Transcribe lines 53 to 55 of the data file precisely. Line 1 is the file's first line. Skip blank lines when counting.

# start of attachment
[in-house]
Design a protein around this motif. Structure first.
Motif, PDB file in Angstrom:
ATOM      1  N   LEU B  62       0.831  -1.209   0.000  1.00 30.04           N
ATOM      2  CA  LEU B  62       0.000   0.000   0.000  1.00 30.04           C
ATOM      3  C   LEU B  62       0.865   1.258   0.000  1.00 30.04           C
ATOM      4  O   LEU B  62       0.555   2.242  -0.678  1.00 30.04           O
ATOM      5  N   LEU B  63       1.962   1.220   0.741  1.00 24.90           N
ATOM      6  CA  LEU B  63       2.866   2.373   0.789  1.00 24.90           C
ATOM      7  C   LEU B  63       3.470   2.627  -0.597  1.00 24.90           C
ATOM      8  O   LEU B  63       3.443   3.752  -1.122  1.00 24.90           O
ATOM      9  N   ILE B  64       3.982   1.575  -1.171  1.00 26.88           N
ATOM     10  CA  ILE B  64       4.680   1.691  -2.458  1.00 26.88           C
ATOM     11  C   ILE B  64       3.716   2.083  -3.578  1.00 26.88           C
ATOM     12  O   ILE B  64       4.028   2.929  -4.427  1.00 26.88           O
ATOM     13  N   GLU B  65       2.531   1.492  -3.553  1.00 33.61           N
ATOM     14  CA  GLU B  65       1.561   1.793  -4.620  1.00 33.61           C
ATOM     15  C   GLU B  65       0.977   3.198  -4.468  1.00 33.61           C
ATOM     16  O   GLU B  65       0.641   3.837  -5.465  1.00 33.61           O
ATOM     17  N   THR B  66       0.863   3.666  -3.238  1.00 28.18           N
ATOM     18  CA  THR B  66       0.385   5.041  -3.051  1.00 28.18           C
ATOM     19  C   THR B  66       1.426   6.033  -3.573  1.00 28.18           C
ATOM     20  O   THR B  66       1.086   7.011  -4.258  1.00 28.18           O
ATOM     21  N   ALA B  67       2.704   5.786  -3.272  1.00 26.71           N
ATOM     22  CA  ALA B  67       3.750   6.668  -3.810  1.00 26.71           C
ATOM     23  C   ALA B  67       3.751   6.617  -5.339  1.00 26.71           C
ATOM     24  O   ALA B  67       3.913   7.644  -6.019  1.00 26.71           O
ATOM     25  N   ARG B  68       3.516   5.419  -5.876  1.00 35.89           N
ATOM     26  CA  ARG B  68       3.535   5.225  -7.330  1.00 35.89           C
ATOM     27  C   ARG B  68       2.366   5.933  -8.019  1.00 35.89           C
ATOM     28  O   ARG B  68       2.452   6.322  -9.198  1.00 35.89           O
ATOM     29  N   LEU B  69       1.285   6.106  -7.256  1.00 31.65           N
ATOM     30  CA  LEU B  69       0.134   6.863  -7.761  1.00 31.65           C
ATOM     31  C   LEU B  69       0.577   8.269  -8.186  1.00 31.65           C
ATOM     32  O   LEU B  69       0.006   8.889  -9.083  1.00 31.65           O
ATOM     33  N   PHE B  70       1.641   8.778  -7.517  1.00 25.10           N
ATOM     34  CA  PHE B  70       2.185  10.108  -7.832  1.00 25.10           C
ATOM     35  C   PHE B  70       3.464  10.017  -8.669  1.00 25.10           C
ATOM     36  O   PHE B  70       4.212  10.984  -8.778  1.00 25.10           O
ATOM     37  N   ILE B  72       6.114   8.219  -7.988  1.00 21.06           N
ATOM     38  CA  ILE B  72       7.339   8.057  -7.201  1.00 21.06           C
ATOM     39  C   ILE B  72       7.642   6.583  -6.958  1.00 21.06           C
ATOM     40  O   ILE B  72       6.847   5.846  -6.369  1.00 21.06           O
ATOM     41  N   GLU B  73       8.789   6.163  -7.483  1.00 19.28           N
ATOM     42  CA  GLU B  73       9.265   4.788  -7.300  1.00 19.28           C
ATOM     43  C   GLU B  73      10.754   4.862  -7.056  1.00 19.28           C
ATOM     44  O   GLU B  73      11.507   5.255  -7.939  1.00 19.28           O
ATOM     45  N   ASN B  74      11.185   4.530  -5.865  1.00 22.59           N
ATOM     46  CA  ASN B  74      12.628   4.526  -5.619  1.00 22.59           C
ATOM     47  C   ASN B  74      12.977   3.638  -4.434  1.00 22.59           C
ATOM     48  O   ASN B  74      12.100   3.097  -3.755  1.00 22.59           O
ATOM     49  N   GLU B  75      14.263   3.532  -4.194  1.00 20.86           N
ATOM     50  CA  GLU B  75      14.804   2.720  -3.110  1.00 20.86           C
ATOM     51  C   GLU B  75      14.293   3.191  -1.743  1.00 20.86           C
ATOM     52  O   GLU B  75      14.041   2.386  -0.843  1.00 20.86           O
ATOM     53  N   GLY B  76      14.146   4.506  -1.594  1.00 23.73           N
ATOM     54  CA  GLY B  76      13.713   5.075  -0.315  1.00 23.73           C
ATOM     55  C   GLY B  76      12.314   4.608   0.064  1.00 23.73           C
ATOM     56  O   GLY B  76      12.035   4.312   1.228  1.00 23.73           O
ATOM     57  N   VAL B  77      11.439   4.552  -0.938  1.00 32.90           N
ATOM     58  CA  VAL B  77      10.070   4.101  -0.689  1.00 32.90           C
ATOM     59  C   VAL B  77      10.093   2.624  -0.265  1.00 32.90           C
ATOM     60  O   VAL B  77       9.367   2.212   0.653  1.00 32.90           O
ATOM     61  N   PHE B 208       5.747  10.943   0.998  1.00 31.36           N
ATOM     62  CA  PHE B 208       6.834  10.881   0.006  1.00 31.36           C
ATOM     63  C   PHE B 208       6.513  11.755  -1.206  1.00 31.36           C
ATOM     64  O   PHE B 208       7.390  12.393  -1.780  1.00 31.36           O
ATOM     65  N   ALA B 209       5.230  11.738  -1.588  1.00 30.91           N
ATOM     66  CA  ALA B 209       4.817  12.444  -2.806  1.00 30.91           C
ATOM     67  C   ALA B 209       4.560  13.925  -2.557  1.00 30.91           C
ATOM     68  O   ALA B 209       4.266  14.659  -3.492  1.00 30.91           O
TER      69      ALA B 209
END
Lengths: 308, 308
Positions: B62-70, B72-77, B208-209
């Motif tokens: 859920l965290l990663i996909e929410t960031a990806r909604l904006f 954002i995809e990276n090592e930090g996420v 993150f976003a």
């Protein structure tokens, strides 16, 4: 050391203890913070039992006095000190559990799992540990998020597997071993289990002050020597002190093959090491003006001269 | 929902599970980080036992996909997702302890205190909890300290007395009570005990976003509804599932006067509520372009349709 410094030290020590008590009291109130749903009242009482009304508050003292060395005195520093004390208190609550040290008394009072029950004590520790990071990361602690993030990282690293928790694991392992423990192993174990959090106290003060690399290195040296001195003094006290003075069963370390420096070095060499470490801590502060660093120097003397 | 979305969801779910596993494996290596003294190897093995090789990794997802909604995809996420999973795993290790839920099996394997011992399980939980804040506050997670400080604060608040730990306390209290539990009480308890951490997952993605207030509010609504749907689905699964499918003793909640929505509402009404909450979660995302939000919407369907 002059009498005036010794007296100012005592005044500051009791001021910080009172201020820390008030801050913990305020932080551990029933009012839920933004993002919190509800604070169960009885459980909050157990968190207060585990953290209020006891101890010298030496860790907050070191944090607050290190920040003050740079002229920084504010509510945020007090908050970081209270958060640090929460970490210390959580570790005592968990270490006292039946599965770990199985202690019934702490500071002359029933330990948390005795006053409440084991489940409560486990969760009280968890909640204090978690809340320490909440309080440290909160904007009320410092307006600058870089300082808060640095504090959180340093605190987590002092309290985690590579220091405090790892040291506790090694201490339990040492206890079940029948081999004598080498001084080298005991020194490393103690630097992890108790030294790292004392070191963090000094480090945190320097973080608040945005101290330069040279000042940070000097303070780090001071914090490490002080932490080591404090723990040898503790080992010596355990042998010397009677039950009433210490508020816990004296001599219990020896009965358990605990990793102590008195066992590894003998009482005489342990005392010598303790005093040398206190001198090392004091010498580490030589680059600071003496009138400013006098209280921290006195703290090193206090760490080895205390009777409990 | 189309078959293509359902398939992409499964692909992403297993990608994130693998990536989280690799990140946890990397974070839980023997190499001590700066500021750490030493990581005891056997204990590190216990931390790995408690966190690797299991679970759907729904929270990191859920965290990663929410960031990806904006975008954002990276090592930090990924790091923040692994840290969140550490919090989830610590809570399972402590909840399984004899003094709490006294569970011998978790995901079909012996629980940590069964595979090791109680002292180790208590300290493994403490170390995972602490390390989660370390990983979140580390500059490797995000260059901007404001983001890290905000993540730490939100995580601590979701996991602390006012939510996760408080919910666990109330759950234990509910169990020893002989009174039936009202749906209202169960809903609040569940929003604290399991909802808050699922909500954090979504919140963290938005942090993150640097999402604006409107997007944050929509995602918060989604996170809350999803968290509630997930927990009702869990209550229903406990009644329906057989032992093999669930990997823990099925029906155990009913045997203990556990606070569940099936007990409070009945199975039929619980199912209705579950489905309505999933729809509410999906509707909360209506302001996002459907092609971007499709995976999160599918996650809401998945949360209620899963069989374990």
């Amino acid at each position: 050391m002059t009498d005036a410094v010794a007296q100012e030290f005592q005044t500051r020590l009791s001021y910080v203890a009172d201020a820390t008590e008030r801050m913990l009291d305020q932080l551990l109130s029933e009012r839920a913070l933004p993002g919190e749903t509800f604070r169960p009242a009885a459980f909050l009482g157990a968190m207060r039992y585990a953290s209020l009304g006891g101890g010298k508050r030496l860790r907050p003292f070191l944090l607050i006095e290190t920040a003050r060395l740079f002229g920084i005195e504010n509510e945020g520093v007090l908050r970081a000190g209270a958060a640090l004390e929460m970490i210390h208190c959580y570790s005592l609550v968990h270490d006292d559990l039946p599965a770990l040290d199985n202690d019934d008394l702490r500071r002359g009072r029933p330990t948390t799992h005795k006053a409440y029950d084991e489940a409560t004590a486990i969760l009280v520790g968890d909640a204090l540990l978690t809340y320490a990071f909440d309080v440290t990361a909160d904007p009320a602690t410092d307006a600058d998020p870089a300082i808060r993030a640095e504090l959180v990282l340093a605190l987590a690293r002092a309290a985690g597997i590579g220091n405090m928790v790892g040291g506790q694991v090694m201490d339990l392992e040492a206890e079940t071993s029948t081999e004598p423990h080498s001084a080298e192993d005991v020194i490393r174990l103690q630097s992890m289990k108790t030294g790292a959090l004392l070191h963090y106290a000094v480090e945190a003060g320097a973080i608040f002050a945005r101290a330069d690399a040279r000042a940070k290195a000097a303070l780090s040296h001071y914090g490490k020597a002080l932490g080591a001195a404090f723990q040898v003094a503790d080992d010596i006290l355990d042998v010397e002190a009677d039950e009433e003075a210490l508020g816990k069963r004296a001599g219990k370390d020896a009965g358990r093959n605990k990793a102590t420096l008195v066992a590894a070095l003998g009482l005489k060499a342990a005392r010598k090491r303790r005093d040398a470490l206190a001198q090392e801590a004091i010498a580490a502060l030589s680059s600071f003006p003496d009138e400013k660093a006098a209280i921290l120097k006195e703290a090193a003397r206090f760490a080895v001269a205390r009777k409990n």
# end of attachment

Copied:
ATOM     50  CA  GLU B  75      14.804   2.720  -3.110  1.00 20.86           C
ATOM     51  C   GLU B  75      14.293   3.191  -1.743  1.00 20.86           C
ATOM     52  O   GLU B  75      14.041   2.386  -0.843  1.00 20.86           O